Allergy Trigger #5: The great outdoors
No one with seasonal allergies spends much time outside when allergy season is, well, in full bloom. After all, who wants to come nose-to-nose with the onslaught of allergens floating through the air? While myriad types of pollen are the obvious offenders, other irritants like pollution and diesel fumes can also trip you up. “Pollutants act as a chronic irritant to mucous membranes in the nasal passages, and the body has to work hard to eliminate them,” says Steelsmith.
To deal with these outdoor irritants, reach for your nasal rinse. And while you can’t really stay indoors all the time, you can get a little savvier about when to venture out. Most plants pollinate in the morning, which is why pollen counts are higher during the first part of the day. So save outdoor activities like gardening, running errands, or exercising for later in the afternoon. Another ideal time to get outdoors is right after a storm. Rain, after all, washes the air and can drop high pollen counts to almost zero.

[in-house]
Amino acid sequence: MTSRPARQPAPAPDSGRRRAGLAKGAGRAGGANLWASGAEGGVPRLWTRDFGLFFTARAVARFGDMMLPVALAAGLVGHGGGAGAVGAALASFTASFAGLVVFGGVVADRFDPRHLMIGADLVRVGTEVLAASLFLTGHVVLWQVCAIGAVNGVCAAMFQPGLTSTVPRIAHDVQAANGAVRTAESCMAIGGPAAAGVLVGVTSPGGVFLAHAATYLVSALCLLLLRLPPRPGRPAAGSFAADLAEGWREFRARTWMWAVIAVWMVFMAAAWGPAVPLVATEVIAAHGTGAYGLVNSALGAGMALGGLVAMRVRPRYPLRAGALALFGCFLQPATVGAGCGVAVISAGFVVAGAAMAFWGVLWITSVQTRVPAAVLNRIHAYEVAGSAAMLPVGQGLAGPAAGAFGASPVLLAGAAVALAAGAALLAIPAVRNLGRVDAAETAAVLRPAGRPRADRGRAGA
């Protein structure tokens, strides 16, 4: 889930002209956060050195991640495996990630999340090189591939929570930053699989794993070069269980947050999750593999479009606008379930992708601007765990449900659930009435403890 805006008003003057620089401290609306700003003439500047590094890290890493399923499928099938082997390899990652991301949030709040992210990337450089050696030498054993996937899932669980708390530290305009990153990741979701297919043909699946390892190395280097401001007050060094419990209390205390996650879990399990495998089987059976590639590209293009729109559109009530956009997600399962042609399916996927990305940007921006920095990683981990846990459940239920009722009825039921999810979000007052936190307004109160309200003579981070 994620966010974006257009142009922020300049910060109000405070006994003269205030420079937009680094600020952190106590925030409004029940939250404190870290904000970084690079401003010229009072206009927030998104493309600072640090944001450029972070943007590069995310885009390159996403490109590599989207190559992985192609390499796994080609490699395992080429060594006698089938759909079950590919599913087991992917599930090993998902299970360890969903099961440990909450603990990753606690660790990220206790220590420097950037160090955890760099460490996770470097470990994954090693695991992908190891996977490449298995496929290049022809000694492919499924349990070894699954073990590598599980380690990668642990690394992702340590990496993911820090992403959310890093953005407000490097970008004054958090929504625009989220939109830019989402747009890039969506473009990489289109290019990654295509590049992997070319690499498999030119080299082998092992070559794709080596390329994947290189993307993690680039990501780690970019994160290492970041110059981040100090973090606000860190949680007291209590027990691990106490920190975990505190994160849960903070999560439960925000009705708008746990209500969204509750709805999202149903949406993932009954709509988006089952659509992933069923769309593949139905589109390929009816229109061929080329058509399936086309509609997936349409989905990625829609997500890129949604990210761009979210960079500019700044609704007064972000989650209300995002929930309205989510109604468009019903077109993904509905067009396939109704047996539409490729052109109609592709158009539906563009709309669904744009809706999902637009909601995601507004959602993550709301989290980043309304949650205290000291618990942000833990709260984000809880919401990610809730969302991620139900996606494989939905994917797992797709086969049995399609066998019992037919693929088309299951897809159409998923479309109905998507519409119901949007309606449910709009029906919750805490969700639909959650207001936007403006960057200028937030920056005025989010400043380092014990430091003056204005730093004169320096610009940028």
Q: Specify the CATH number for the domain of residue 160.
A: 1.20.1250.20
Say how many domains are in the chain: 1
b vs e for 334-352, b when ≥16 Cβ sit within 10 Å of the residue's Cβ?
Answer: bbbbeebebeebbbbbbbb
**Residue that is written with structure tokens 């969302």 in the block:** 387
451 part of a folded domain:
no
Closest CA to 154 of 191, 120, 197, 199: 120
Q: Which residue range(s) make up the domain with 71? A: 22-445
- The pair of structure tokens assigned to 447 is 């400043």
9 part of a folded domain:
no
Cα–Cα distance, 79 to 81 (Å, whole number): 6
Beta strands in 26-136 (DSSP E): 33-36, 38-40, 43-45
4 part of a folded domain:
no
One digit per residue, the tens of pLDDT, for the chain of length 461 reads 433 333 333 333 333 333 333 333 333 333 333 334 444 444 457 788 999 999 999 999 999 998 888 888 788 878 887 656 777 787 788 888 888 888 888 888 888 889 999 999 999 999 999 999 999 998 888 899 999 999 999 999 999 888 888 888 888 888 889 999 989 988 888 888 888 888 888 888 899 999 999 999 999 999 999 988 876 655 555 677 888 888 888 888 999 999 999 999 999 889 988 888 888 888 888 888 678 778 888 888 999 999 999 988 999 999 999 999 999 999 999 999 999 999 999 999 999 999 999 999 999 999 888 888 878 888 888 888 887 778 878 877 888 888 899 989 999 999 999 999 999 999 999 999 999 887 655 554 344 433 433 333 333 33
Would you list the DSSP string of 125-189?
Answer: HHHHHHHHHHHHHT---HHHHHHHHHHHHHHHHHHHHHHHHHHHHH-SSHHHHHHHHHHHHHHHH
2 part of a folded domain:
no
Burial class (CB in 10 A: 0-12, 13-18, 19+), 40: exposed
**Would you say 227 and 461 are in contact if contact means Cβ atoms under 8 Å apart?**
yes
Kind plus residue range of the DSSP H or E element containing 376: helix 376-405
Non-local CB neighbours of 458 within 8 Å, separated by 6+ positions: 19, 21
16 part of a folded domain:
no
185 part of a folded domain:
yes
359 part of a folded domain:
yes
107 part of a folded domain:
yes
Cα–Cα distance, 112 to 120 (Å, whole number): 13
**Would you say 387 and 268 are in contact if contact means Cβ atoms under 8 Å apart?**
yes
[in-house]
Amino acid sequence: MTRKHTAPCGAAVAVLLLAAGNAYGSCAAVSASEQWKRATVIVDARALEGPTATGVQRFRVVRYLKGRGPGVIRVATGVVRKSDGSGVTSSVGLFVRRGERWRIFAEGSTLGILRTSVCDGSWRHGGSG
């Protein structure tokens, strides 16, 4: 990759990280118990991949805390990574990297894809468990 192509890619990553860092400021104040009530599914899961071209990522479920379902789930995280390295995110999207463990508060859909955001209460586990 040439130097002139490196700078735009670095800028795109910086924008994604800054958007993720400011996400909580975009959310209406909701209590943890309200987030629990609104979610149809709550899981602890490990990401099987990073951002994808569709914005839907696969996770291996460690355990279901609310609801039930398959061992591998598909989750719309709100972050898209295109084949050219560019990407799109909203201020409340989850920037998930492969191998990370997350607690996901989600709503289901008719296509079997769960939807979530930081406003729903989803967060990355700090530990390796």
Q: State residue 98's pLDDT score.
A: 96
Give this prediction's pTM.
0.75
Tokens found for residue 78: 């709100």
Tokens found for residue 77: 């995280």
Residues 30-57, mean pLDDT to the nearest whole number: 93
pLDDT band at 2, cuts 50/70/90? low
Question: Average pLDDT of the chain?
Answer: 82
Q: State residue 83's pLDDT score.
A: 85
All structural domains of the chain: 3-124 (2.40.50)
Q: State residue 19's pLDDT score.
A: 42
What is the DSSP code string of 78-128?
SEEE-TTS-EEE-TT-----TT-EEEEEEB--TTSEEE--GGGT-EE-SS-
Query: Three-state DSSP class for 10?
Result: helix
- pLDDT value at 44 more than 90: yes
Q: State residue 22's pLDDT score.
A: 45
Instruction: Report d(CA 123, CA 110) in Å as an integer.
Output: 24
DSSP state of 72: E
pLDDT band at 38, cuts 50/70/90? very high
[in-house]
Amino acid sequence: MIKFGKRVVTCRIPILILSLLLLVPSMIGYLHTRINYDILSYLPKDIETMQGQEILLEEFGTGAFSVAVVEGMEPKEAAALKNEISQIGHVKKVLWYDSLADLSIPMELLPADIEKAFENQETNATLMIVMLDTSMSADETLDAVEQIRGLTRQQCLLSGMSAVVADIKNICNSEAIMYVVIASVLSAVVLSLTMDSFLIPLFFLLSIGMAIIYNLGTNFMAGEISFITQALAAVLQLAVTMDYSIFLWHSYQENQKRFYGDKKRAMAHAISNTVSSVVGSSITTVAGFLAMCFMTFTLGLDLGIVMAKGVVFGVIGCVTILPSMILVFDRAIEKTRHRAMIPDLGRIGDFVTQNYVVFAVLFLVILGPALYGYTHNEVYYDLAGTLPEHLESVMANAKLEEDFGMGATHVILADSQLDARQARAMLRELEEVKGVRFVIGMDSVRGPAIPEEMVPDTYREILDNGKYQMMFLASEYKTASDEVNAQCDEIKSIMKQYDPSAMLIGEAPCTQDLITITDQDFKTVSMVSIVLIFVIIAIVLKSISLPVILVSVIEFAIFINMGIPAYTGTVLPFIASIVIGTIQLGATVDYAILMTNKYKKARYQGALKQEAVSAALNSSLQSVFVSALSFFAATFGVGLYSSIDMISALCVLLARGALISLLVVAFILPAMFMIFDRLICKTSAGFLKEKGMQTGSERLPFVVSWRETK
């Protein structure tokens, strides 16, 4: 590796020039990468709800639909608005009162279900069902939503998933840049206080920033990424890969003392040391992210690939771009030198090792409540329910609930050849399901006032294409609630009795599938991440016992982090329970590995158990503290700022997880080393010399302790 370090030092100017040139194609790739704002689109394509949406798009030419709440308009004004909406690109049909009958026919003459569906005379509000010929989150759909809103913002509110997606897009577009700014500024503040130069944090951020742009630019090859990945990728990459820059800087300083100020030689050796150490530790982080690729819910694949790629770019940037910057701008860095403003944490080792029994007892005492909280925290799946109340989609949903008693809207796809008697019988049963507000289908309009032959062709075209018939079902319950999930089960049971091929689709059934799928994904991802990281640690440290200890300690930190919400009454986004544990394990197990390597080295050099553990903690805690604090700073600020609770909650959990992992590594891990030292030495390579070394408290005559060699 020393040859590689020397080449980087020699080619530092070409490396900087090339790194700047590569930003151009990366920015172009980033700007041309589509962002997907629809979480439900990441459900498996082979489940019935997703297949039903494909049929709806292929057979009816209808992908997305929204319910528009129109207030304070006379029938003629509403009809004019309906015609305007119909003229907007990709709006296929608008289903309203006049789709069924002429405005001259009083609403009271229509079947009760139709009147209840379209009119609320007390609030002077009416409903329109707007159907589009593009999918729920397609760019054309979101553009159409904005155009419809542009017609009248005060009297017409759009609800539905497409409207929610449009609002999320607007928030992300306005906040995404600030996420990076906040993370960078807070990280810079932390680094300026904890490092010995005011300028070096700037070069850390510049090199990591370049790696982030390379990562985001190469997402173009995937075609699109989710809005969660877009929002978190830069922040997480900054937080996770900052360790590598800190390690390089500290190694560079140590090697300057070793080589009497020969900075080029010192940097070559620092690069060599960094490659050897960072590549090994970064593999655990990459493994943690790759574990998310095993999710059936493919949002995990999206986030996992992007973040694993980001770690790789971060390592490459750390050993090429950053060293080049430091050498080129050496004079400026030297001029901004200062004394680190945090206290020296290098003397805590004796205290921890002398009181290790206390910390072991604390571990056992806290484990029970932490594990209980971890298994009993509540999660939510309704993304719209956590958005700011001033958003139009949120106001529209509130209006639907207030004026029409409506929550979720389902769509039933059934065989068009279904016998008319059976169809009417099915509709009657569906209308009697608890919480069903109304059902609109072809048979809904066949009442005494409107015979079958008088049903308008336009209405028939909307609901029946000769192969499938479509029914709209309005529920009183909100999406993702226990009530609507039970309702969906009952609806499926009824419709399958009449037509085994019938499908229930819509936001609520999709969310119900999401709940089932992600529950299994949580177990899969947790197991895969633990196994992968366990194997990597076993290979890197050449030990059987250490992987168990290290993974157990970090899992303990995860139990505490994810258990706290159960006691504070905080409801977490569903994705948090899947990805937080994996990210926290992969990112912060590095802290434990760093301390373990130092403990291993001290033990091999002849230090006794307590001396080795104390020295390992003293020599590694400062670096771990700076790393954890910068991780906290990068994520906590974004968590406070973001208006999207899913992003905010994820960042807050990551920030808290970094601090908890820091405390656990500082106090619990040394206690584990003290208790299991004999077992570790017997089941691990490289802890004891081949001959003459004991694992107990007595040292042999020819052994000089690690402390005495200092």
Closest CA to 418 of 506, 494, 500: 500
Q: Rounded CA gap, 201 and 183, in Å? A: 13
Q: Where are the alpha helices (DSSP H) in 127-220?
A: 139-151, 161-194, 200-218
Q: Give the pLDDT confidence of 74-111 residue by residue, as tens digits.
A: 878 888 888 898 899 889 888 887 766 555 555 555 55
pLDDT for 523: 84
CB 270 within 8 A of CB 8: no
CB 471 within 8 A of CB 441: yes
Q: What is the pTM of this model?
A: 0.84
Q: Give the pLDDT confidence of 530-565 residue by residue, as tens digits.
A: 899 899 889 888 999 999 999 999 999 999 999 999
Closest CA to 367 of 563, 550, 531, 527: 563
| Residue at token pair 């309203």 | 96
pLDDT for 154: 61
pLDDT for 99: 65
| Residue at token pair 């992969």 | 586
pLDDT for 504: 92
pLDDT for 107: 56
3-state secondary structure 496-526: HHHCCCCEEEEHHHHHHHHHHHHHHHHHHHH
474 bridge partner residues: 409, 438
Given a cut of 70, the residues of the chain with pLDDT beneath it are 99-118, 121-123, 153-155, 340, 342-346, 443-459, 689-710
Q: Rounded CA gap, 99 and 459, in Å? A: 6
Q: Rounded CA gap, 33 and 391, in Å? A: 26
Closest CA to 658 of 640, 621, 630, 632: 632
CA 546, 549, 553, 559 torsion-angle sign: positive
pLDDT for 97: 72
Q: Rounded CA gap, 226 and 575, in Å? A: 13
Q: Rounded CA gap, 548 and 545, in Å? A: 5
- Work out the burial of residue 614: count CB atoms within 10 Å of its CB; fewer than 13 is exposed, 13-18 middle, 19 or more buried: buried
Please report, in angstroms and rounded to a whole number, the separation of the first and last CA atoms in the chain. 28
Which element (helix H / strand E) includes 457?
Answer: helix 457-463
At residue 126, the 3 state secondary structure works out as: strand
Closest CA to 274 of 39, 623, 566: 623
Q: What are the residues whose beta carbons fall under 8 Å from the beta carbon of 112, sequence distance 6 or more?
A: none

But you can’t expect it to rain every day, not even in Portland or Seattle, so the only sure way to get your seasonal allergies under control is to tend to your immune system. Strengthen it with good nutrition and plenty of sleep, but most of all give it a rest. If it’s not always in a frenzy, there’s a good chance it won’t care about a nose full of pollen or mold spores.
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